Benji Remez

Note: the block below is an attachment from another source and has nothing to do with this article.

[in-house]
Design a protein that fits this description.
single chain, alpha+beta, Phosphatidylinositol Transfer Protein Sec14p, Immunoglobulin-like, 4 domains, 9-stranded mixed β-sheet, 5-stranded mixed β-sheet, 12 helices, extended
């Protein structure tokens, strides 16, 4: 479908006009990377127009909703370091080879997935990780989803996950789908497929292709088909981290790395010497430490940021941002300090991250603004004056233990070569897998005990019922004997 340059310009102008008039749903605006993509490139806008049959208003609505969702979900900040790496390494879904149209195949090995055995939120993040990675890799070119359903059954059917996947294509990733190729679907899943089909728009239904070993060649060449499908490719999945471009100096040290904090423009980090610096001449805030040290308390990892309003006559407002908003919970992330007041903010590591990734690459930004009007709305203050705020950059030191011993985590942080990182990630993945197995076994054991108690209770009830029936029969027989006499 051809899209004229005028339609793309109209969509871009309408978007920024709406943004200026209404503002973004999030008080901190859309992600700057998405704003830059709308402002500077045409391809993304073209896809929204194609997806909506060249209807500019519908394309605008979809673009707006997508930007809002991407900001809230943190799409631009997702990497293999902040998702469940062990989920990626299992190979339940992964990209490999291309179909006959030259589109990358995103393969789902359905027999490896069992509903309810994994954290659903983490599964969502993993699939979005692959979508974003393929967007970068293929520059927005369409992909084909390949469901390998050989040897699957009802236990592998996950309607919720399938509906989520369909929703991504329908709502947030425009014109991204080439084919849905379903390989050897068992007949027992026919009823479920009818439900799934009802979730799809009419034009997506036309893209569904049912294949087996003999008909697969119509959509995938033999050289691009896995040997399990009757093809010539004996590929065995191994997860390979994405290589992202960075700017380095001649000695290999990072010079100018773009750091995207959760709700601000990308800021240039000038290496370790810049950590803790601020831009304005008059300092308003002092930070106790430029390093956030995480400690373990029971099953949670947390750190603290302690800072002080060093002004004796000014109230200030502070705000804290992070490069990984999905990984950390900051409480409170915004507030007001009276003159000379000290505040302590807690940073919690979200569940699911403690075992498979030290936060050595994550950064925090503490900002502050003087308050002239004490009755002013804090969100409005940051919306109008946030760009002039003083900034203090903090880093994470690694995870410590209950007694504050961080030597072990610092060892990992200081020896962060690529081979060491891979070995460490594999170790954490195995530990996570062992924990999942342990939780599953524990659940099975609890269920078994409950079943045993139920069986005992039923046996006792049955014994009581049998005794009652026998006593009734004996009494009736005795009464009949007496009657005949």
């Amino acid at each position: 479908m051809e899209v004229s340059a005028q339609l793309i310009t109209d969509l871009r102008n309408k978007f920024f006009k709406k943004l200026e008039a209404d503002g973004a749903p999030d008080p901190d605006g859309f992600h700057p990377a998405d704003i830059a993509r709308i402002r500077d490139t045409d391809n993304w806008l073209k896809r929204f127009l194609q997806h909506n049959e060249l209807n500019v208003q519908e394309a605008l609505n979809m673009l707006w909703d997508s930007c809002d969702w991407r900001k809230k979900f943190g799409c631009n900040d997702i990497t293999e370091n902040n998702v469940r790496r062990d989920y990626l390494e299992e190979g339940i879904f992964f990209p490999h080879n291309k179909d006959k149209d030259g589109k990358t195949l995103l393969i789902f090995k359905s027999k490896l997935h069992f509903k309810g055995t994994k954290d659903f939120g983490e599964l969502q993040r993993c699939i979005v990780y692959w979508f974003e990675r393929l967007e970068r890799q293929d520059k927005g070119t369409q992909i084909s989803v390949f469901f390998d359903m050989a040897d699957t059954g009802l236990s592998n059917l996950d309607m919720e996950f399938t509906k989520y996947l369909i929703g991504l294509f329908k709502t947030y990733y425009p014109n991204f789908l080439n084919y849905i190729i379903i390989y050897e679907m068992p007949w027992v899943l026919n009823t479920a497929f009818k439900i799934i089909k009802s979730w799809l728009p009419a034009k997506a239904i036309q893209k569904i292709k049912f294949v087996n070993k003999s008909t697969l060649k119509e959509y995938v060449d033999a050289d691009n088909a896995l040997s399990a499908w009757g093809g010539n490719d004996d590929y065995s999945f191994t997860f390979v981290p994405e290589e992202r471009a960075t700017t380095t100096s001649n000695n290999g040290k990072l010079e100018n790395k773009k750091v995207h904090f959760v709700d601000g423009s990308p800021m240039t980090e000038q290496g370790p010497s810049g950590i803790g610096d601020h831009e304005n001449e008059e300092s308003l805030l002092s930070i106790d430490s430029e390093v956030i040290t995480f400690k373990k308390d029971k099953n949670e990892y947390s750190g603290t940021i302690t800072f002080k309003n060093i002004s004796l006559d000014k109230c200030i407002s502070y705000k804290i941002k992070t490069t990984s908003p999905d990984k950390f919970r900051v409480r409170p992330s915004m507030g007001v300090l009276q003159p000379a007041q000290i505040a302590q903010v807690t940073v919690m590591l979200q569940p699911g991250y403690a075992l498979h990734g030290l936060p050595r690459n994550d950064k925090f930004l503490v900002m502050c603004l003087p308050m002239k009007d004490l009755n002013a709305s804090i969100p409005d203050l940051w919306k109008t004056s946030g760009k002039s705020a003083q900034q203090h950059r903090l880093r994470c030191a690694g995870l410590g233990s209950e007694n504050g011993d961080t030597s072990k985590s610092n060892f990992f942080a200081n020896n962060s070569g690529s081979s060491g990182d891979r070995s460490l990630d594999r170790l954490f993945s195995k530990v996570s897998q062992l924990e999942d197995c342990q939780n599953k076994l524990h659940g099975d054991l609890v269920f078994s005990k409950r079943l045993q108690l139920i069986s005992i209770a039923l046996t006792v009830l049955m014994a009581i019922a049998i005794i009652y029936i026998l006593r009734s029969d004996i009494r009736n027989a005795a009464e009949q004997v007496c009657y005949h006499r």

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 Dec 24 comment Finding interplanetary flight trajectory using calculus of variations? I edited the body of the original question to show my progress. Dec 22 comment Finding interplanetary flight trajectory using calculus of variations? Thanks! I'm having a look at that and trying to adapt it to the problem at hand. Dec 8 comment Partition function of bosons vs fermions I would just add a clarification that you consider states like $|12\rangle$ and $|21\rangle$ as indistinguishable (i.e., a proper boson\fermion state would be $|12\rangle \pm |21\rangle$) Dec 2 comment Is there any possibility in the future that domestic power consumption could be wholly solar powered? Well, yearly fluctuations and bad weather, I assume, would cancel out when averaged over an entire year. Unless the location of choice is close to either of the poles, adjusting for latitude isn't as crucial as coming up with a more reasonable figure for the actual collection efficiency. Nov 30 comment Is the momentum operator well-defined in the basis of standing waves? Alright, so here's a followup question. I agree that the mode counting operator produces equivalent information. But my problem is that these states do no distinguish between positive and negative momenta (they don't specify a sign). So, if I were to put wave packet in the box with some momentum, moving along, say, the positive $x$ axis, how would such a packet be decomposed in the basis of the eigenstates? And how would it differ if the initial momentum had been negative? Nov 30 comment Is the momentum operator well-defined in the basis of standing waves? I'm doing this indeed for numerical purposes. So technically speaking, since the matrix elements of $\hat{p}$ vanish when the difference between $m$ and $n$ increases, would taking a larger finite matrix result in the off-diagonal elements of $\hat{p}^2$ getting smaller? Nov 30 comment Is the momentum operator well-defined in the basis of standing waves? Shouldn't the momentum operator exist anyway, and any invariance of the Hamiltonian just imply that it (meaning its expected value) is conserved? Nov 28 comment How was the Oh-My-God particle observed? But how traceable are these jets, especially if a major portion of the particles produced do not reach any detector? (Also, what does PMT stand for?) Nov 23 comment Energy Question @dbaseman When the atoms decay, they don't vanish into thin air. Your expression for mass vanishes for t tending to infinity, which is wrong, since we still have a considerable mass of the ball as "radioactive waste". See my answer below. Oct 31 comment Cause of buoyant force? @leonardo - if you'd like a more rigorous proof, you can easily show that this is a consequence of the divergence theorem (Gauss's law). Oct 20 comment How does one calculate the volume of a nucleus and the volume of an atom (in this case hydrogen)? Do you mean, how do you find the volume from the given radii, or how these radii are obtained? The former is straightforward (see answer below), the latter is a bit more complicated. Oct 5 comment Acausality in solving time-domain inhomogeneous differential equations with Fourier transforms? So, if I get this right, for $t - t'>0$, I can only integrate the contour on the upper half of the plane, where the pole contributes a non-trivial residue, but for $t - t' < 0$ the exponent only vanishes in the lower half, so I must take the contour there - but no poles means no residue, so the expression is guaranteed to vanish, regardless of the choice of input? Neat. Very Neat. Oct 5 comment Acausality in solving time-domain inhomogeneous differential equations with Fourier transforms? Do you mean, show that the entire integral vanishes? Wouldn't it be equal to the residue at $i/RC$? Oct 5 comment How can such a high exponent arise in this physics equation? What I meant is that the quantity in question is my be an exponential function of the form $y(x) = e^x$. Both quantum tunneling and Boltzmann factors are exponential, and they both come into play in stellar fusion. Try looking up the Gamow Peak. Now, if you have some power law %f(r) = r^n%, notice that its logarithmic derivative %\frac{d(log(f(r))}{d(log(r))}$is equal to %n%, so this yields the exponent of the law. In principle, it may be applied to any general function, and its value would give the appropriate exponent should you wish to locally approximate that function as a power law. Oct 5 comment Acausality in solving time-domain inhomogeneous differential equations with Fourier transforms? So, in principle, could I construct a differential equation which would produce such an$H(\omega )$that violates causality? Oct 5 comment Acausality in solving time-domain inhomogeneous differential equations with Fourier transforms? I'll see if I can get that result this evening. Oct 4 comment Acausality in solving time-domain inhomogeneous differential equations with Fourier transforms? I agree, but does that solution not solve the original equation? Since the equation is causal, I expect the solution to maintain that property. I remember from school that when solving wave equations in classical EM, a delta function pops out during integration and enforces this causality (this raises an interesting question of what would happen when it is solved on a finite interval where the wavenumbers are discrete, but that's for another time) - but I can't see a way that such a causality-ex-machina would show up in any general problem. Oct 4 comment Acausality in solving time-domain inhomogeneous differential equations with Fourier transforms? Yes, but I can always expand this expression as$v_{o}(t)=\frac{1}{2\pi}\int\int d\omega dt'v_{i}(t')e^{j\omega (t-t')}$Integrating first over$\omega$, this clearly yields a delta function$\delta (t-t') $and causality is restored analytically for every input$v_i$. With the RC circuit, the extra$\omega$dependent terms in the integrand don't allow this triviality. And again, I'm concerned about this is a general issue, not necessarily in circuit analysis. Oct 4 comment Acausality in solving time-domain inhomogeneous differential equations with Fourier transforms? I agree that the problem may be solved like you have wrote, but what step goes wrong in the FT approach that seems to break causality? If the solution I outlined above it valid, what would happen if I try to evaluate it for some input function? I suspect that if I switch the order of integration, the first (homogeneous) solution term you wrote may pop out from the transform solution, but I've yet to check it out. Also, as I said in, I'm interested in this difficulty in a more general situation, and only used the RC circuit to illustrate the problem. Oct 4 comment How can such a high exponent arise in this physics equation? I would assume it's roughly the value of the power derivative$\frac{d ln(f(r))}{d ln(r)}\$, which gives the exponent of a the local approximate power law. It's probably an exponential law like @LubošMotl said. I remember once I did a calculation about stellar power production that yielded a power derivative of about 22, so why not 40?